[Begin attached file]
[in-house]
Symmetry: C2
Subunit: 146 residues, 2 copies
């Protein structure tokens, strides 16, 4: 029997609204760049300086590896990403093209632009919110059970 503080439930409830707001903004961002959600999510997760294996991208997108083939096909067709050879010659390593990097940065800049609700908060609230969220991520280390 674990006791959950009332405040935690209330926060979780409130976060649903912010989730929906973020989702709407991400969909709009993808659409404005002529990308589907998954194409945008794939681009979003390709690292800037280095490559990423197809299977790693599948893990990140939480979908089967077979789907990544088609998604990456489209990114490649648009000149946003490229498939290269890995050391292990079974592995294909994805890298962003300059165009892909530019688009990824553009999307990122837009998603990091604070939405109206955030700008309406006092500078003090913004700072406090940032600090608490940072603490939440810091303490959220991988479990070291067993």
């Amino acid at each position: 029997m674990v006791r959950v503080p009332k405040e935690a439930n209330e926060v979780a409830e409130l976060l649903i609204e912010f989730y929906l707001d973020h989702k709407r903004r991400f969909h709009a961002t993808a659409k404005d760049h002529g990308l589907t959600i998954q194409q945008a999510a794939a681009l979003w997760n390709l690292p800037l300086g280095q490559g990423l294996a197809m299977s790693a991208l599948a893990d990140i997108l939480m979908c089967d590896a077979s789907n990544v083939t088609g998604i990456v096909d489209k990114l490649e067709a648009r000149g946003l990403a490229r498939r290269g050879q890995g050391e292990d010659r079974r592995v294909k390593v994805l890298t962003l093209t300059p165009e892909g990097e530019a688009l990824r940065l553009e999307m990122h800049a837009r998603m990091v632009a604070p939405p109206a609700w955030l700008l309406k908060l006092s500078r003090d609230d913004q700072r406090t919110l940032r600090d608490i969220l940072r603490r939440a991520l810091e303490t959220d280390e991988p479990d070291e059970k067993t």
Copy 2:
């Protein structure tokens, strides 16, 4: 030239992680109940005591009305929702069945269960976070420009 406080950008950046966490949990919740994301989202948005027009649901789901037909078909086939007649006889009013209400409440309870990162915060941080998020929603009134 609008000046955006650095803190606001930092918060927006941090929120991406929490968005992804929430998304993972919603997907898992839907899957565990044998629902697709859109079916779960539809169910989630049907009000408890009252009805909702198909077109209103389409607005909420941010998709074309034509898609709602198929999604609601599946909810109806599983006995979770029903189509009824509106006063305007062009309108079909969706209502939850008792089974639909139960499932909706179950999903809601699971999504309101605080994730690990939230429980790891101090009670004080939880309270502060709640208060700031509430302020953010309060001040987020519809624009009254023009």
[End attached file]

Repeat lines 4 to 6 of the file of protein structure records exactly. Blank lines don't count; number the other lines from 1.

């Protein structure tokens, strides 16, 4: 029997609204760049300086590896990403093209632009919110059970 503080439930409830707001903004961002959600999510997760294996991208997108083939096909067709050879010659390593990097940065800049609700908060609230969220991520280390 674990006791959950009332405040935690209330926060979780409130976060649903912010989730929906973020989702709407991400969909709009993808659409404005002529990308589907998954194409945008794939681009979003390709690292800037280095490559990423197809299977790693599948893990990140939480979908089967077979789907990544088609998604990456489209990114490649648009000149946003490229498939290269890995050391292990079974592995294909994805890298962003300059165009892909530019688009990824553009999307990122837009998603990091604070939405109206955030700008309406006092500078003090913004700072406090940032600090608490940072603490939440810091303490959220991988479990070291067993």
């Amino acid at each position: 029997m674990v006791r959950v503080p009332k405040e935690a439930n209330e926060v979780a409830e409130l976060l649903i609204e912010f989730y929906l707001d973020h989702k709407r903004r991400f969909h709009a961002t993808a659409k404005d760049h002529g990308l589907t959600i998954q194409q945008a999510a794939a681009l979003w997760n390709l690292p800037l300086g280095q490559g990423l294996a197809m299977s790693a991208l599948a893990d990140i997108l939480m979908c089967d590896a077979s789907n990544v083939t088609g998604i990456v096909d489209k990114l490649e067709a648009r000149g946003l990403a490229r498939r290269g050879q890995g050391e292990d010659r079974r592995v294909k390593v994805l890298t962003l093209t300059p165009e892909g990097e530019a688009l990824r940065l553009e999307m990122h800049a837009r998603m990091v632009a604070p939405p109206a609700w955030l700008l309406k908060l006092s500078r003090d609230d913004q700072r406090t919110l940032r600090d608490i969220l940072r603490r939440a991520l810091e303490t959220d280390e991988p479990d070291e059970k067993t």
Copy 2: